I first read it at 14, but didn't finish it after a certain death I couldn't read beyond at the time. Of what I read, the parents mattered without taking over May Amelia's story as she tells it, via first person narration.

    That said, it's set in the 1800s, so that avoids some modern "Helicopter Parent" stuff highlighted in the post above, but that's the only book with human characters I can think of.

    Not to sound like an egomaniac, but this is was something I had to grapple with for my upcoming debut middle grade novel, whether or not my protagonist's parents were in it or not.

    I chose to include them, and make no mistake, my protagonist solves his own problems, but the parents played an overall positive part without taking the story over. I believe it is possible to do it. It's just an additional challenge on top of just making the core story work.

    That said, both this and a previous post on Project Mayhem about our kids today reminds me why I don't read or write much contemporary fiction. I can't fully face that, and it might play into why I tend to like books originally published in the 80s or so, too much of contemporary life seems too controlling.

    It's also part of why(NOT the only reason, though!)I write mostly animal fantasy. I don't have to face the "Helicopter Parent" war either directly or indirectly when you write about humans as opposed to animals who by nature live in all kinds of ways and grow up faster due to instincts and biology compared to humanity's more doting, long-term parenting.

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  4. "I chose to include them, and make no mistake, my protagonist solves his own problems, but the parents played an overall positive part without taking the story over. I believe it is possible to do it. It's just an additional challenge on top of just making the core story work."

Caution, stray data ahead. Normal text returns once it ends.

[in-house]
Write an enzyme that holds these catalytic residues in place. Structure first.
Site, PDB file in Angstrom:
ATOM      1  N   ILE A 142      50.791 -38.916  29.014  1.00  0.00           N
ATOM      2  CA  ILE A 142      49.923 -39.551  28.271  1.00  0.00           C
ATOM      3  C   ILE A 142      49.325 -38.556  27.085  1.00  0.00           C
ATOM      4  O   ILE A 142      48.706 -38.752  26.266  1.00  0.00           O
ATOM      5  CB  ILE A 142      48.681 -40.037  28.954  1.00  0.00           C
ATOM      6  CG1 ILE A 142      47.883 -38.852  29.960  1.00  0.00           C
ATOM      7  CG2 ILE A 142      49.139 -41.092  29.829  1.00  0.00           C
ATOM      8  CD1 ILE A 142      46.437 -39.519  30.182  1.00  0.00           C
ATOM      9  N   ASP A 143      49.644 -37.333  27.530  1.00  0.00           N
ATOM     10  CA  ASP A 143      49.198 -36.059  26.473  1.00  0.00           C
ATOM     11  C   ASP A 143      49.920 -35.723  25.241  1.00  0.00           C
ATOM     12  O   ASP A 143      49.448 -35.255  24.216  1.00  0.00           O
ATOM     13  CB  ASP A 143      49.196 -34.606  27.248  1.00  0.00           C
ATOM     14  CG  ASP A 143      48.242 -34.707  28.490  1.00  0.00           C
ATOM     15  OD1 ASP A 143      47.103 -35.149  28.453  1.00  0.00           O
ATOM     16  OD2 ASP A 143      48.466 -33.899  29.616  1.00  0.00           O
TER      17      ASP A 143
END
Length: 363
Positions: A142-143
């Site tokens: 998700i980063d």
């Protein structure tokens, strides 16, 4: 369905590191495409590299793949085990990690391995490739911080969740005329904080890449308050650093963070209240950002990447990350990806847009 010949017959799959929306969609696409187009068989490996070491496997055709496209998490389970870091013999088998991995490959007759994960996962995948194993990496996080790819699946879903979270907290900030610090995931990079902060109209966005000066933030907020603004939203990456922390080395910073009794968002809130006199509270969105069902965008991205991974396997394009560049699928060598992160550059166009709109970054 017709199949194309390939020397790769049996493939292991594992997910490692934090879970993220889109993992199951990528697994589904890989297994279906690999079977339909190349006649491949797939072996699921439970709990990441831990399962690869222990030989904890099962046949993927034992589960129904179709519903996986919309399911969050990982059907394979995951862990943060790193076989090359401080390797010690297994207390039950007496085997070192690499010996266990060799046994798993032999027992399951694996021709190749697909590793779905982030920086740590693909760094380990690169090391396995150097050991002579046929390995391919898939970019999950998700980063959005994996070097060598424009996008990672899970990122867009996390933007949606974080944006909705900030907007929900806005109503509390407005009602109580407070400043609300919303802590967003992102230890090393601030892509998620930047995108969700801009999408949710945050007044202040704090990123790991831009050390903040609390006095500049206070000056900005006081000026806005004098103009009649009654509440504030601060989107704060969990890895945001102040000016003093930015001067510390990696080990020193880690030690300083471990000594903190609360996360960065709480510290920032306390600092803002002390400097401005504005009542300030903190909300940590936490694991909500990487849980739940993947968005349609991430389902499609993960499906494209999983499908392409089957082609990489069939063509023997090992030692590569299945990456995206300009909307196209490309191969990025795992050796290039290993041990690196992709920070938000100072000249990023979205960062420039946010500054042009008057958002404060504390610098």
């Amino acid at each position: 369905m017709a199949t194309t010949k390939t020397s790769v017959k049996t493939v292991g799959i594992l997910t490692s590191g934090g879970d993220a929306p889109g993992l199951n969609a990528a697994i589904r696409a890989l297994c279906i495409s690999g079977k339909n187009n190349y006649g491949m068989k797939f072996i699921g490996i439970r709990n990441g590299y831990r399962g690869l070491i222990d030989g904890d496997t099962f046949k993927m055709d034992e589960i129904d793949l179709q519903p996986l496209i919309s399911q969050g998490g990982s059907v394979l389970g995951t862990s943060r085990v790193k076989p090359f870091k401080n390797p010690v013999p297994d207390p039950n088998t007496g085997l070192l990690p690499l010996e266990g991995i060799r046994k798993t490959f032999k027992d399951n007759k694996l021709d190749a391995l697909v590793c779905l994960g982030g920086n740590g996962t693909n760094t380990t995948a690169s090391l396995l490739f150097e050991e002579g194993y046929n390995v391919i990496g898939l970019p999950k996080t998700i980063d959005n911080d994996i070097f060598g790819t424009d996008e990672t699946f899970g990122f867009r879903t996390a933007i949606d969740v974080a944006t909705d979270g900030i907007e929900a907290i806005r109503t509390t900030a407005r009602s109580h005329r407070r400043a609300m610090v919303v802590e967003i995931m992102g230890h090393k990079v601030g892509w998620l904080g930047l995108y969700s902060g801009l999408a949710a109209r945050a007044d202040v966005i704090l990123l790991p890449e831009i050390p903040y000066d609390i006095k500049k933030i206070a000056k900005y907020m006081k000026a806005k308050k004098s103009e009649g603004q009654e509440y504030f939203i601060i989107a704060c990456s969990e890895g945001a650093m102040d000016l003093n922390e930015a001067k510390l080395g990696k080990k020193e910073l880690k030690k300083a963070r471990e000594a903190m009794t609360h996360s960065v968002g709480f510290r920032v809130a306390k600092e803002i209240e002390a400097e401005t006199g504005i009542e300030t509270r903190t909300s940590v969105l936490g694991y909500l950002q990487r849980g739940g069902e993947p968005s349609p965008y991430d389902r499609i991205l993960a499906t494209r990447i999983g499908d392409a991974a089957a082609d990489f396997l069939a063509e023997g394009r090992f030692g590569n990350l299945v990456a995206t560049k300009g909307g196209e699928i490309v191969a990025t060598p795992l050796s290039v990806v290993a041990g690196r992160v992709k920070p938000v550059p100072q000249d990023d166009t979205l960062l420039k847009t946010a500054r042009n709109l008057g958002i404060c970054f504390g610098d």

I salute you for this, Taurean.

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    1. Thanks Michael, it wasn't an easy decision, but I know it was the right one.

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  5. Bravo to both of you! I'm sick and tired of kids who have their heads in the computer and their books hidden away in the desks. We live in the world of the absent parent whether the parent chooses to close the door or leave. What happen to those Hero Parents? Love your choices both of you!!!

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  6. I love the quirky dad in Linda Urban's A Crooked Kind of Perfect. I believe both parents are present in that one: a mom who works and a stay-at-home dad. I get that broken families and absent parents make for drama but I do value a story that features a whole, healthy family.

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  7. Danny's dad in Champion of the World has always been a favorite of mine, but then I suppose there is no mom ...

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    1. That said, Matthew, we need more nuanced portrayals of fathers in fiction.

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Thanks for adding to the mayhem!